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Leading article: Green card issue underlines the folly of Brexit

The green card insurance issue has underlined the folly of Brexit

Blithe assurances that there would be virtually no impact on everyday life as the result of Brexit were rightly treated with scepticism by Remainers in Northern Ireland.

Despite all the evidence that leaving the European Union would have a detrimental impact in a number of areas, Brexiteers, including the DUP, strongly advocated withdrawal and dismissed the legitimate concerns of those who pointed to the benefits of staying within the EU.

One of the key arguments of the Remain lobby was that Brexit would not be good for the economy of the north while it was also pointed out that rather than strengthening the Union it would in all likelihood hasten its break up.

Boris Johnson was in Scotland yesterday amid reports that he was worried about a series of polls showing increased support for independence.

He is right to be concerned. Scotland voted decisively to stay in the EU while Nicola Sturgeon's handling of the coronavirus pandemic has been much more sure-footed than Mr Johnson's often bumbling approach.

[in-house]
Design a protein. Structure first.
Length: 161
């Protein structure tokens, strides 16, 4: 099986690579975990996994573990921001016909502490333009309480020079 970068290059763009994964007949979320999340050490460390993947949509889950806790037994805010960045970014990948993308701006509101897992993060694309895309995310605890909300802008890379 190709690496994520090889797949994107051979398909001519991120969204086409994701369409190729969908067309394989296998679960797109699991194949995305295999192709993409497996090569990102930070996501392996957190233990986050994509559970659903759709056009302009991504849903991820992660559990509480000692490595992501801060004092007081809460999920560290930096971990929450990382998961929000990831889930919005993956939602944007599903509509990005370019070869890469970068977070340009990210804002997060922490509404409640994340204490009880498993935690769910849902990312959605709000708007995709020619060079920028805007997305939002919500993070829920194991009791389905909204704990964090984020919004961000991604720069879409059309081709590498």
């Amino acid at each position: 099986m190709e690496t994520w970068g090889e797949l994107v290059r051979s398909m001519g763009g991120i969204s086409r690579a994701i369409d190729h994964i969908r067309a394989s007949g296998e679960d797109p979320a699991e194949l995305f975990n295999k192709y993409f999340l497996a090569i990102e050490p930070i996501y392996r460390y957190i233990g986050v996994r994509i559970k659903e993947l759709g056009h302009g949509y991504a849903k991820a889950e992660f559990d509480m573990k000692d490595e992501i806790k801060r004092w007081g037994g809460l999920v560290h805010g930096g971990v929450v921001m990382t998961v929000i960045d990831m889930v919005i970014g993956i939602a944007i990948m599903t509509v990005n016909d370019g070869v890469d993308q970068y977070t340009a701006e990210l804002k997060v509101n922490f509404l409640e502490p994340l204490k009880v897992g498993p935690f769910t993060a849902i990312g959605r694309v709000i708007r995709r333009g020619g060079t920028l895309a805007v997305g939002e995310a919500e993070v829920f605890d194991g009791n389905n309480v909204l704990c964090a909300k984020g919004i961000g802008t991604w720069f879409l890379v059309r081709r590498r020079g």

There is a lack of public trust in the British prime minister's pronouncements, not just on battling Covid-19 but also on the implications of Brexit, which he has characterised in unfeasibly rose-tinted terms.

As we know, the DUP firmly backed Brexit and the Tory Party and we are now facing a situation where businesses may have to deal with additional bureaucracy and barriers to trade across the Irish Sea.

This week also saw northern motorists dealt a blow with confirmation from the Republic's Department of Transport that those driving across the border will have to carry an insurance 'green card,' proving their policy is valid.

This requirement would come into effect from January 1, 2021 and will be viewed by many drivers as an inconvenience they could do without.

Tens of thousands of people cross the border every day, some people live in one jurisdiction and work in the other and it is not clear how this development will affect them in practical terms but it sends out an unfortunate message.

We must hope this issue can be resolved before the end of the transition period but it highlights once again the absolute folly of the push to leave the European Union.

 

 

 

 

 

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